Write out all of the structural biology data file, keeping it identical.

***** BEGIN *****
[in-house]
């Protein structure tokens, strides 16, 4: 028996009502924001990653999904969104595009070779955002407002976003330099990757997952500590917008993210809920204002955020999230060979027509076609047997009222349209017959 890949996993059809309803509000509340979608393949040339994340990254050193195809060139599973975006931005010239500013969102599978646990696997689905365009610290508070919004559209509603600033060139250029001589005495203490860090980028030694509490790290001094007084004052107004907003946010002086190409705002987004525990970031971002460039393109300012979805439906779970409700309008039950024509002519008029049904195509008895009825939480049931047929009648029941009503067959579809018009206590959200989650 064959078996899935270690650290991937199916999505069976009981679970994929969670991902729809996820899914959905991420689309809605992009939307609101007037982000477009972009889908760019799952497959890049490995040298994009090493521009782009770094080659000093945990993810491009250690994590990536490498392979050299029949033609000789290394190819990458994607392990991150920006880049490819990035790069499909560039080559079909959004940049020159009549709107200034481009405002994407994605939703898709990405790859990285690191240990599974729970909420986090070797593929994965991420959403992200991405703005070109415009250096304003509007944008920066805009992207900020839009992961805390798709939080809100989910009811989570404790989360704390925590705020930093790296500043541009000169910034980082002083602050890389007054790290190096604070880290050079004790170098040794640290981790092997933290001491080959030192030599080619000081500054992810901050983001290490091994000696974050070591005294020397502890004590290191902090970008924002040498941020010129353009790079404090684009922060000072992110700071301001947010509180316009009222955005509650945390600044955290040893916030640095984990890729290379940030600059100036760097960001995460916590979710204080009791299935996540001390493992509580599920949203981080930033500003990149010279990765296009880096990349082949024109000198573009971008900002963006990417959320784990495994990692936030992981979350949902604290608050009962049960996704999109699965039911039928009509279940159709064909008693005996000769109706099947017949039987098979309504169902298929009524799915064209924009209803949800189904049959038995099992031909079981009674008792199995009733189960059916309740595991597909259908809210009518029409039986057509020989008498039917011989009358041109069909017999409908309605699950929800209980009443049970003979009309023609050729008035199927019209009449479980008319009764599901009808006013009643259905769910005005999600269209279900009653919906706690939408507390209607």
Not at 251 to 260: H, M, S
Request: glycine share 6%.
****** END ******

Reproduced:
[in-house]
């Protein structure tokens, strides 16, 4: 028996009502924001990653999904969104595009070779955002407002976003330099990757997952500590917008993210809920204002955020999230060979027509076609047997009222349209017959 890949996993059809309803509000509340979608393949040339994340990254050193195809060139599973975006931005010239500013969102599978646990696997689905365009610290508070919004559209509603600033060139250029001589005495203490860090980028030694509490790290001094007084004052107004907003946010002086190409705002987004525990970031971002460039393109300012979805439906779970409700309008039950024509002519008029049904195509008895009825939480049931047929009648029941009503067959579809018009206590959200989650 064959078996899935270690650290991937199916999505069976009981679970994929969670991902729809996820899914959905991420689309809605992009939307609101007037982000477009972009889908760019799952497959890049490995040298994009090493521009782009770094080659000093945990993810491009250690994590990536490498392979050299029949033609000789290394190819990458994607392990991150920006880049490819990035790069499909560039080559079909959004940049020159009549709107200034481009405002994407994605939703898709990405790859990285690191240990599974729970909420986090070797593929994965991420959403992200991405703005070109415009250096304003509007944008920066805009992207900020839009992961805390798709939080809100989910009811989570404790989360704390925590705020930093790296500043541009000169910034980082002083602050890389007054790290190096604070880290050079004790170098040794640290981790092997933290001491080959030192030599080619000081500054992810901050983001290490091994000696974050070591005294020397502890004590290191902090970008924002040498941020010129353009790079404090684009922060000072992110700071301001947010509180316009009222955005509650945390600044955290040893916030640095984990890729290379940030600059100036760097960001995460916590979710204080009791299935996540001390493992509580599920949203981080930033500003990149010279990765296009880096990349082949024109000198573009971008900002963006990417959320784990495994990692936030992981979350949902604290608050009962049960996704999109699965039911039928009509279940159709064909008693005996000769109706099947017949039987098979309504169902298929009524799915064209924009209803949800189904049959038995099992031909079981009674008792199995009733189960059916309740595991597909259908809210009518029409039986057509020989008498039917011989009358041109069909017999409908309605699950929800209980009443049970003979009309023609050729008035199927019209009449479980008319009764599901009808006013009643259905769910005005999600269209279900009653919906706690939408507390209607």
Not at 251 to 260: H, M, S
Request: glycine share 6%.